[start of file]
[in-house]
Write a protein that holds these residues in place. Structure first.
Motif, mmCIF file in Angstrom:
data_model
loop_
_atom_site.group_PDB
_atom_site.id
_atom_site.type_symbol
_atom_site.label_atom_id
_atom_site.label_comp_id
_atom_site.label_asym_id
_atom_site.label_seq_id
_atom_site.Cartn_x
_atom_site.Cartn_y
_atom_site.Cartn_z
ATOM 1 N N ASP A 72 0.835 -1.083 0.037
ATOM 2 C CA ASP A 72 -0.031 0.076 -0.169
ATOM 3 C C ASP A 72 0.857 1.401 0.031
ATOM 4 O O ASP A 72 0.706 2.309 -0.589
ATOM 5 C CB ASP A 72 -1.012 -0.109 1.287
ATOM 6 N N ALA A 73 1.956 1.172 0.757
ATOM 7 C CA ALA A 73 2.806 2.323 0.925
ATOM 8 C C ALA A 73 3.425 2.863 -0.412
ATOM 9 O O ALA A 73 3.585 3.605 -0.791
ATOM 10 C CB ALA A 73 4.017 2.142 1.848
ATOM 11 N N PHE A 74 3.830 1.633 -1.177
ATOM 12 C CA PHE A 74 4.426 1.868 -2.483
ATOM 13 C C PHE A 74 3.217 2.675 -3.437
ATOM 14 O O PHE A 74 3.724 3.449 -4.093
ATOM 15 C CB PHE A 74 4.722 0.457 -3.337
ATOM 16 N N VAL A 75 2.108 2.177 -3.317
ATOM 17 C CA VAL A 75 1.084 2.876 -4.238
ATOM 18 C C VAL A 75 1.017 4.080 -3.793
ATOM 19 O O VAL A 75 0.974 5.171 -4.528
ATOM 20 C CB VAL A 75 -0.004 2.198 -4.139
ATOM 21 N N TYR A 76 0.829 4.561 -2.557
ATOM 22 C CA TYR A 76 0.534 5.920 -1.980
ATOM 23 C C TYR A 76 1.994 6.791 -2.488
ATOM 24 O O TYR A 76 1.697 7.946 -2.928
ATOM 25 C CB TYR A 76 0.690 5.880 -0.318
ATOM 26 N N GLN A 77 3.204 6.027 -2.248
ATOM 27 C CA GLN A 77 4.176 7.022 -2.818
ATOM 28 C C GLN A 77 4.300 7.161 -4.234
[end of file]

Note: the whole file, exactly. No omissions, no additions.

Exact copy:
[in-house]
Write a protein that holds these residues in place. Structure first.
Motif, mmCIF file in Angstrom:
data_model
loop_
_atom_site.group_PDB
_atom_site.id
_atom_site.type_symbol
_atom_site.label_atom_id
_atom_site.label_comp_id
_atom_site.label_asym_id
_atom_site.label_seq_id
_atom_site.Cartn_x
_atom_site.Cartn_y
_atom_site.Cartn_z
ATOM 1 N N ASP A 72 0.835 -1.083 0.037
ATOM 2 C CA ASP A 72 -0.031 0.076 -0.169
ATOM 3 C C ASP A 72 0.857 1.401 0.031
ATOM 4 O O ASP A 72 0.706 2.309 -0.589
ATOM 5 C CB ASP A 72 -1.012 -0.109 1.287
ATOM 6 N N ALA A 73 1.956 1.172 0.757
ATOM 7 C CA ALA A 73 2.806 2.323 0.925
ATOM 8 C C ALA A 73 3.425 2.863 -0.412
ATOM 9 O O ALA A 73 3.585 3.605 -0.791
ATOM 10 C CB ALA A 73 4.017 2.142 1.848
ATOM 11 N N PHE A 74 3.830 1.633 -1.177
ATOM 12 C CA PHE A 74 4.426 1.868 -2.483
ATOM 13 C C PHE A 74 3.217 2.675 -3.437
ATOM 14 O O PHE A 74 3.724 3.449 -4.093
ATOM 15 C CB PHE A 74 4.722 0.457 -3.337
ATOM 16 N N VAL A 75 2.108 2.177 -3.317
ATOM 17 C CA VAL A 75 1.084 2.876 -4.238
ATOM 18 C C VAL A 75 1.017 4.080 -3.793
ATOM 19 O O VAL A 75 0.974 5.171 -4.528
ATOM 20 C CB VAL A 75 -0.004 2.198 -4.139
ATOM 21 N N TYR A 76 0.829 4.561 -2.557
ATOM 22 C CA TYR A 76 0.534 5.920 -1.980
ATOM 23 C C TYR A 76 1.994 6.791 -2.488
ATOM 24 O O TYR A 76 1.697 7.946 -2.928
ATOM 25 C CB TYR A 76 0.690 5.880 -0.318
ATOM 26 N N GLN A 77 3.204 6.027 -2.248
ATOM 27 C CA GLN A 77 4.176 7.022 -2.818
ATOM 28 C C GLN A 77 4.300 7.161 -4.234